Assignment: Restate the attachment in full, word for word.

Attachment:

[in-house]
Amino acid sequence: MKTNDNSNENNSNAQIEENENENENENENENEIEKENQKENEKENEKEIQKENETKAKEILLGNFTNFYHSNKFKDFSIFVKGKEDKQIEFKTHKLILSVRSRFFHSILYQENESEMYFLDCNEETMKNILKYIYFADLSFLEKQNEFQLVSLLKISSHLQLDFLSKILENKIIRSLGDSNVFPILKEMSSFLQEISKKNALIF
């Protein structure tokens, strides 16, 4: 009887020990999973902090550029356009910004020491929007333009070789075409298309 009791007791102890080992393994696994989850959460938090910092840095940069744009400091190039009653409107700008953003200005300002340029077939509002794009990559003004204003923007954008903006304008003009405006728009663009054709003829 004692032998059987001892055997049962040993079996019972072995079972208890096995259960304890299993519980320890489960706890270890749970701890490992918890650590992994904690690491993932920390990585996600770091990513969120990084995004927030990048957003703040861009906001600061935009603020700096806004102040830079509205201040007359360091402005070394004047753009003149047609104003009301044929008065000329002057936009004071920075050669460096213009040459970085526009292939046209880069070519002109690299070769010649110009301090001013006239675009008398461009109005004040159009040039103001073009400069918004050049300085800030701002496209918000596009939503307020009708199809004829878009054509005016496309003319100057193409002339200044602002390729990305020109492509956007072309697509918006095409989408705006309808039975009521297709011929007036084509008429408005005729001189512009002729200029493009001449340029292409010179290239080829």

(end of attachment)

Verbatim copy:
[in-house]
Amino acid sequence: MKTNDNSNENNSNAQIEENENENENENENENEIEKENQKENEKENEKEIQKENETKAKEILLGNFTNFYHSNKFKDFSIFVKGKEDKQIEFKTHKLILSVRSRFFHSILYQENESEMYFLDCNEETMKNILKYIYFADLSFLEKQNEFQLVSLLKISSHLQLDFLSKILENKIIRSLGDSNVFPILKEMSSFLQEISKKNALIF
């Protein structure tokens, strides 16, 4: 009887020990999973902090550029356009910004020491929007333009070789075409298309 009791007791102890080992393994696994989850959460938090910092840095940069744009400091190039009653409107700008953003200005300002340029077939509002794009990559003004204003923007954008903006304008003009405006728009663009054709003829 004692032998059987001892055997049962040993079996019972072995079972208890096995259960304890299993519980320890489960706890270890749970701890490992918890650590992994904690690491993932920390990585996600770091990513969120990084995004927030990048957003703040861009906001600061935009603020700096806004102040830079509205201040007359360091402005070394004047753009003149047609104003009301044929008065000329002057936009004071920075050669460096213009040459970085526009292939046209880069070519002109690299070769010649110009301090001013006239675009008398461009109005004040159009040039103001073009400069918004050049300085800030701002496209918000596009939503307020009708199809004829878009054509005016496309003319100057193409002339200044602002390729990305020109492509956007072309697509918006095409989408705006309808039975009521297709011929007036084509008429408005005729001189512009002729200029493009001449340029292409010179290239080829």